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Important Techniques To Measuring Marketing Performance

  • Acxiom

Created at June 8th, 2020

Important Techniques To Measuring Marketing Performance

Measurement shapes strategy and impacts budget allocations

Despite many advancements that help Financial Services companies target the most appropriate consumers, there are many challenges that are raising the degree of difficulty with marketing performance. One of the top priorities for Financial Services marketers should be mastering the ability to measure the results of their marketing efforts.

In recent years, marketing and branding have become a larger part of banks’ strategies, because marketing, not branch or ATM share, is playing a larger role in driving customer acquisition. The level of investment in marketing has never been higher. Yet, many Financial Services companies are still asking themselves, “Am I spending my marketing dollars efficiently?”

Allocation of marketing dollars is an important factor in marketing performance, making spend allocation imperative. The practice of effective measurement often lags behind customer acquisition marketing strategies and capabilities. The new focus is on the ability to deliver accurate, people-based unified marketing measurement across online and offline channels to maximize media spend, creative rotation, brand impact, account openings and, ultimately, marketing ROI. Given these challenges, what actions do Financial Services marketers need to take?

Set the right metrics

Marketing metrics serve as important way to assess and communicate marketing performance, yet many marketers struggle to determine which metrics are the right ones to deploy. A key component in marketing success has become the ability to demonstrate the impact of marketing initiatives on key business outcomes. Metrics that are perceived as objective, relevant and numerically credible can be a powerful tool, in particular when dealing with financially oriented senior management.

Use closed-loop measurement

The ability to connect digital and offline transactional data underpins closed-loop measurement of marketing impact. We live in a world where many consumers may initially engage with a brand via digital channels; however, they may then open their account in a branch or via a call center. This can make it challenging to connect an offline transaction to related digital touch points. Further complicating the situation, there can be siloed agency or platform (social, direct mail, mass media) reports that do not generate a central source of truth.

Set-up ‘test-and-control’ experiments

Experimental design is a proven methodology that helps Financial Services companies answer questions like “Did my marketing campaign drive new account openings, or would consumers have opened the accounts anyway?” Financial Services marketers should use test-and-control experiments for digital and offline marketing campaigns to objectively measure the lift in new business associated with their marketing programs. This methodology requires a defined “test” group of campaign-exposed individuals and a “control” group of non-exposed individuals.

Minimize ‘audience dropoff’

As marketers enter a more advanced world of digital marketing they depend more on new platforms and partners where data flows and are utilized by DSPs and ad networks. Marketers should review match rates from ad networks or platforms prior to starting a campaign and request their definitions to evaluate each network properly. By doing so, marketers can plan for and neutralize exposure bias, which help them reach their target audience and mitigate the biases generated by audience drop-off due to match rate variations.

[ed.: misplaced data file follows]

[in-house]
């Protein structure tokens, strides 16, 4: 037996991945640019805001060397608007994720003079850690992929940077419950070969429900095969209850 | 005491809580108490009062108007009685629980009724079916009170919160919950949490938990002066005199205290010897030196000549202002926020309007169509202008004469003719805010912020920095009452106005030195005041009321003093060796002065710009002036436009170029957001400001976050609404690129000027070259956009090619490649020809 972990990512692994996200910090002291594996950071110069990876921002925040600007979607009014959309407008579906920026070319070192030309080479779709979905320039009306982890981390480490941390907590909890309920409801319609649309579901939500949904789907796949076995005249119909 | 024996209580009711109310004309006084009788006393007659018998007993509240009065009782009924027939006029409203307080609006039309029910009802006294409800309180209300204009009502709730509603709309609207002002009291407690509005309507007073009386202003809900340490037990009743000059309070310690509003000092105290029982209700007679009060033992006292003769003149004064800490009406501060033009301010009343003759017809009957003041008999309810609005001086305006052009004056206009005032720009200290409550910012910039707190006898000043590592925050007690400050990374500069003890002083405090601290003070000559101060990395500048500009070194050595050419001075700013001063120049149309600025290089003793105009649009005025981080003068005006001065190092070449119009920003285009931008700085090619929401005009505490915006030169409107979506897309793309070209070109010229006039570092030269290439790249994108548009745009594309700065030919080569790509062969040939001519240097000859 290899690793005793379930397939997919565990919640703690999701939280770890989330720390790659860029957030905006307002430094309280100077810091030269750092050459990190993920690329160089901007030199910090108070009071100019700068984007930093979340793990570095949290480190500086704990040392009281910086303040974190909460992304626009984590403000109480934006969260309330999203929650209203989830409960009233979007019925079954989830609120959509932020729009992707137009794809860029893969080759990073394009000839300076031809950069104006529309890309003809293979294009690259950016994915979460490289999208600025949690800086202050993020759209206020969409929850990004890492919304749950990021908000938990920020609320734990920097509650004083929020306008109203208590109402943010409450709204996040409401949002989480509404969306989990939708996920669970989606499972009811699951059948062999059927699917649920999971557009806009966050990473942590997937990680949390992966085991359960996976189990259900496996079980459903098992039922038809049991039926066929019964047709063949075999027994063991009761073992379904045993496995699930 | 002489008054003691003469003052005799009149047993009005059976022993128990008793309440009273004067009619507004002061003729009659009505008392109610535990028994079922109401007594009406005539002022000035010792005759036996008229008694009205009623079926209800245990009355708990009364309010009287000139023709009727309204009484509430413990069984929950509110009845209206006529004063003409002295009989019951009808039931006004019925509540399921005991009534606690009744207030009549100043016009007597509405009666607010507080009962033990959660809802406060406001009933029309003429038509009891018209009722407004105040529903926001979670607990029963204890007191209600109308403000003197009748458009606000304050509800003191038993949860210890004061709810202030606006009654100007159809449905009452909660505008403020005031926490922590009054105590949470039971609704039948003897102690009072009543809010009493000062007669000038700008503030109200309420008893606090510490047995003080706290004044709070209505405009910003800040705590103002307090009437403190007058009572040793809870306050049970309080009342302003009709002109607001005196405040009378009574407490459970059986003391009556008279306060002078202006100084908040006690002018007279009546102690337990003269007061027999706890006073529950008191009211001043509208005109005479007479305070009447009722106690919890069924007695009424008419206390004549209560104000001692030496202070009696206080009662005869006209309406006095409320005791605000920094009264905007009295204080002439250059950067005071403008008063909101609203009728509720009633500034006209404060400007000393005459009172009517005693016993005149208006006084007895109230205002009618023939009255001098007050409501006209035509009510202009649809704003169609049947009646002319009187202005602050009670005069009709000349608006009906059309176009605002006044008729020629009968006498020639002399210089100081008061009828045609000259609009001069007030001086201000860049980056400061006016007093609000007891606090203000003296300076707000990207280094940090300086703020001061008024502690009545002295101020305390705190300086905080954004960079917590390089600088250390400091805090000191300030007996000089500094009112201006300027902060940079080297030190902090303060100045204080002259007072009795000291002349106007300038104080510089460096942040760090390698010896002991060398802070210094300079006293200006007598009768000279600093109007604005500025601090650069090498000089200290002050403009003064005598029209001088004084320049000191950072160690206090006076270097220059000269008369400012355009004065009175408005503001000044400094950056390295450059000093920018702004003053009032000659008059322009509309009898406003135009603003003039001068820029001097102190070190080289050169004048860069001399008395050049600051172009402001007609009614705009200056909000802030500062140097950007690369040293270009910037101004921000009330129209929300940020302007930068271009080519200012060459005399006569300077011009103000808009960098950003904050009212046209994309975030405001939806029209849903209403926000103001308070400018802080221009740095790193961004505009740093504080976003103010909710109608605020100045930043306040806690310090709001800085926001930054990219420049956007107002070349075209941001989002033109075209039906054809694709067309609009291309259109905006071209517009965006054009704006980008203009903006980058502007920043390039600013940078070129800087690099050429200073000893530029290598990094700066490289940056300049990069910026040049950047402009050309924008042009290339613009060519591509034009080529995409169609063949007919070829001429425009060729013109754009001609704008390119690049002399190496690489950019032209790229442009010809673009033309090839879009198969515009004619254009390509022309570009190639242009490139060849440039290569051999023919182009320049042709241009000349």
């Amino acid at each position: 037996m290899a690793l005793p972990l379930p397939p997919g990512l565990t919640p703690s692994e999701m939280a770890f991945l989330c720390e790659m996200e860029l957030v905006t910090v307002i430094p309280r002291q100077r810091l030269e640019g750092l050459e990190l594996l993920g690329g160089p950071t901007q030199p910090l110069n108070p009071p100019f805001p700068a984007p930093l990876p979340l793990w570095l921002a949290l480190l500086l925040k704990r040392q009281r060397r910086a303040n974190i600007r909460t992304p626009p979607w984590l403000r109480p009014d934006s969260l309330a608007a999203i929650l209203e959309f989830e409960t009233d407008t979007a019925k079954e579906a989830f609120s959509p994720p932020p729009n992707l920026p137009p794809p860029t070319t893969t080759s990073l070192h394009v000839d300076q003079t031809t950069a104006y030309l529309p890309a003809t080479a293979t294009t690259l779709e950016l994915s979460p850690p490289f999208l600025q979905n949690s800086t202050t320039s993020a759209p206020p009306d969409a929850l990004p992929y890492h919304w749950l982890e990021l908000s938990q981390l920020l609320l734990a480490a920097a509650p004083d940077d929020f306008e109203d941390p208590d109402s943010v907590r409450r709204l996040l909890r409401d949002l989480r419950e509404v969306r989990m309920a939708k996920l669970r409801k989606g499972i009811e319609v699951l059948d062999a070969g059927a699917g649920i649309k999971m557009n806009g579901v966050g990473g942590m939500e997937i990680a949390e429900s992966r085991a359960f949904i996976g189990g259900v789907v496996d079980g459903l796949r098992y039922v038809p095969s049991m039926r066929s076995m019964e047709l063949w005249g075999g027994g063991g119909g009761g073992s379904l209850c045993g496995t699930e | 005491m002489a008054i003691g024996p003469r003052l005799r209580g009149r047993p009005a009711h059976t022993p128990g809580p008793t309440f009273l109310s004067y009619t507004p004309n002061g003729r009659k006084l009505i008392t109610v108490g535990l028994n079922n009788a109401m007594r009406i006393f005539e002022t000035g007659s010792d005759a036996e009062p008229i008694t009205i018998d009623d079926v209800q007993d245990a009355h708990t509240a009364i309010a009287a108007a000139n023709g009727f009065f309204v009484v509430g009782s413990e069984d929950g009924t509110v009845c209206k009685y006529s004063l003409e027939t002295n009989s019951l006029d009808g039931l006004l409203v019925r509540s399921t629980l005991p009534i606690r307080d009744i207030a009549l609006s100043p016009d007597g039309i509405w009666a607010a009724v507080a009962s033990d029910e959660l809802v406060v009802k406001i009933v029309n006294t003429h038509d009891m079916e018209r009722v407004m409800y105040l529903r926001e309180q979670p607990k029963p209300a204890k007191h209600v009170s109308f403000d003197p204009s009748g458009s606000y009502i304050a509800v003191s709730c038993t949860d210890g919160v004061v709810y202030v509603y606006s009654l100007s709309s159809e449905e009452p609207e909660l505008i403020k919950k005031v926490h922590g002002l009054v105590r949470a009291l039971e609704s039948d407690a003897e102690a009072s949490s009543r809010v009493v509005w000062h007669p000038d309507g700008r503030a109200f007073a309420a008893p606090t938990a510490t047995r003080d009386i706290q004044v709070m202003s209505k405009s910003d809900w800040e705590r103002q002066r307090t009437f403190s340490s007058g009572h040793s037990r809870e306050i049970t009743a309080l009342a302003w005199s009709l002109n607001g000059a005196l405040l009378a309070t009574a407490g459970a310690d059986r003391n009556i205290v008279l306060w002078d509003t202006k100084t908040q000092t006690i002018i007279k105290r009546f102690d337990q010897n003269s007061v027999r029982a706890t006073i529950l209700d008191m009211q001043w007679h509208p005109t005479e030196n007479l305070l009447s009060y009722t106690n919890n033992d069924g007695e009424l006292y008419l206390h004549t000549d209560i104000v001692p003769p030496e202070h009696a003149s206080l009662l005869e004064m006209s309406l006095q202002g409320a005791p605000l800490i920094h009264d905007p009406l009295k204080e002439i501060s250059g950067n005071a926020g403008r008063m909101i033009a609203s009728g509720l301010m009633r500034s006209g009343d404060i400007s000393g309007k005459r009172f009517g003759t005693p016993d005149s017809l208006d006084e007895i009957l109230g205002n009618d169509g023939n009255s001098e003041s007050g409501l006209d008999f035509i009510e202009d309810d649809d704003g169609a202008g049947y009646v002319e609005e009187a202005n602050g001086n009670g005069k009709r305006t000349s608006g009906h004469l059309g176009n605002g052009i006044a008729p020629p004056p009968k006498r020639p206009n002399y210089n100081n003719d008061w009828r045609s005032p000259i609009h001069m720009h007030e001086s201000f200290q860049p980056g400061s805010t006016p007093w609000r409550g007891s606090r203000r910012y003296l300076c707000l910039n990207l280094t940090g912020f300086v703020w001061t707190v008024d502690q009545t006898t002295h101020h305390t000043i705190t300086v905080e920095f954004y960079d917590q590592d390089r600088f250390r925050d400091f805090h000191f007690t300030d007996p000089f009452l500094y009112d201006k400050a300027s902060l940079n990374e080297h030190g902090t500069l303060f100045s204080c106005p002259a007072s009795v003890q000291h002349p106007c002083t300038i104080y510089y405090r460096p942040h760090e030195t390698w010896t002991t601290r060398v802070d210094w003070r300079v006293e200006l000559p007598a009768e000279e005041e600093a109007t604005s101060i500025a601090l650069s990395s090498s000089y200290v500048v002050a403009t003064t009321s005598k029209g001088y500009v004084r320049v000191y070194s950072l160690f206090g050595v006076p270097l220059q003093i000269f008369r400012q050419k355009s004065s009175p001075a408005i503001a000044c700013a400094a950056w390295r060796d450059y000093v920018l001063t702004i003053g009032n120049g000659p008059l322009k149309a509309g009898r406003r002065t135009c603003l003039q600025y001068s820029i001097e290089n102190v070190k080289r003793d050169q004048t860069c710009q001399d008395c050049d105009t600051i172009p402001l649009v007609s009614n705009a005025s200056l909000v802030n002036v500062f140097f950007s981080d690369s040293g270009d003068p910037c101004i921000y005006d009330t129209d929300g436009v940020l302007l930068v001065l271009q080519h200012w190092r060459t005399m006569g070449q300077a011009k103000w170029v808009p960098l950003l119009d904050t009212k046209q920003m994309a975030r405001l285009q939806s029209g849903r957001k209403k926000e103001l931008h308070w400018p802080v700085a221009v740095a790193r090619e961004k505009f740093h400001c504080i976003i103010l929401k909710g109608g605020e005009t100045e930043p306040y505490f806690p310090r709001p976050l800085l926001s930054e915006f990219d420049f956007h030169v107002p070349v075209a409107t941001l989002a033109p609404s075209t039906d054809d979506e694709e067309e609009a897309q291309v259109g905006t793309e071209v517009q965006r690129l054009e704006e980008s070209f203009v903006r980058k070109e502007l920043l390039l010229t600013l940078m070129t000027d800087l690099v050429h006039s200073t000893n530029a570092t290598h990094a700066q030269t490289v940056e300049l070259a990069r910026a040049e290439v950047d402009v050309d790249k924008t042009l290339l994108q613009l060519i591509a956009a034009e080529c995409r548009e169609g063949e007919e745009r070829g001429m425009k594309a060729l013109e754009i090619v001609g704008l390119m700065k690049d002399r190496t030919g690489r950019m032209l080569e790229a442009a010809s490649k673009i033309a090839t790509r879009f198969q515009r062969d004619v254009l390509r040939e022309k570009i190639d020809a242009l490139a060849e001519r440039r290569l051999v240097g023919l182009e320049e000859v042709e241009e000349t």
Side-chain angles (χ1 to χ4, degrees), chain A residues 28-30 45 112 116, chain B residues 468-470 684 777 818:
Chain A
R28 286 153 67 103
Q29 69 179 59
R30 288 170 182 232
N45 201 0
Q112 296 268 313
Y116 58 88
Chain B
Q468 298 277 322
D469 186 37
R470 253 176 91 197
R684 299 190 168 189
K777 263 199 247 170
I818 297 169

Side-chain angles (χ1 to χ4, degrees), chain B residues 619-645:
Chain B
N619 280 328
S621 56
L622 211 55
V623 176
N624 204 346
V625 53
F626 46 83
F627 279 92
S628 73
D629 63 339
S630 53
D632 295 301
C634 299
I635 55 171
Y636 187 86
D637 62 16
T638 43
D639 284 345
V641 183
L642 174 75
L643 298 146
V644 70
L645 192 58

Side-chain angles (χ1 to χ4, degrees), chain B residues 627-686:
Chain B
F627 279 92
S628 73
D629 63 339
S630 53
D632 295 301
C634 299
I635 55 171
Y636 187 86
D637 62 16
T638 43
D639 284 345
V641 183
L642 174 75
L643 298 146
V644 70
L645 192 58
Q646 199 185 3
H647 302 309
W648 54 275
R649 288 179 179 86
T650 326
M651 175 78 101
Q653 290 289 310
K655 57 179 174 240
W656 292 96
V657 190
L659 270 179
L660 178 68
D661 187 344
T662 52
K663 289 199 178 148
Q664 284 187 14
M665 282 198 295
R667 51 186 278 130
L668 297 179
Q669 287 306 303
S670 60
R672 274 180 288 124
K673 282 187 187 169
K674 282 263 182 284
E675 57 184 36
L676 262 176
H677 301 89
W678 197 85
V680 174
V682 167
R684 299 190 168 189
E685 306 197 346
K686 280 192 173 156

Audit your data and analytics

The lack of good input data will lead to poor conclusions. Data is available at different levels of granularity (i.e. individual vs. household), which can impact a true comparative analysis. As a result, it is important to collect and audit all data across touch points so you have the necessary information to answer measurement and attribution questions.

For many Financial Services companies, this can be a complex process as data can exist across multiple lines of business, reports from agencies, social media platforms, and other sources. Lack of comprehensive data makes it difficult to answer performance questions.

Sharpen marketing performance with attribution analysis

Once campaign performance is understood, Financial Services companies should pursue attribution analysis. Attribution focuses on understanding the impact of omnichannel campaigns over a longer period of time and assigning credit to the channels or campaigns that “touched” consumers along their journey (resulting in conversion events).

Conclusion

The goal is straightforward; however, achieving the measurement objective is anything but simple.

Mastering measurement has become an urgent imperative as it evolves into more than a tool for simply understanding campaign performance. More than ever, measurement shapes strategy and impacts budget allocations.

Financial Services marketers must prioritize areas for investment and growth to remain competitive and achieve expected returns on marketing investment. By following the strategies and actions outlined in this article, Financial Services companies can begin to advance their marketing capabilities and create a competitive advantage.

1 “US Digital Ad Spending to Surpass TV this Year: Digital will represent 37% of US total media ad spending,” eMarketer, Sept 2016
https://www.emarketer.com/Article/US-Digital-Ad-Spending-Surpass-TV
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2 “US Time Spent with Media: eMarketer’s Updated Estimates and Forecast for 2013–2018,” eMarketer, Nov 2016
https://www.emarketer.com/Report/US-Time-Spent-with-Media-eMarketers
Updated-Estimates-Forecast-20132018/2001933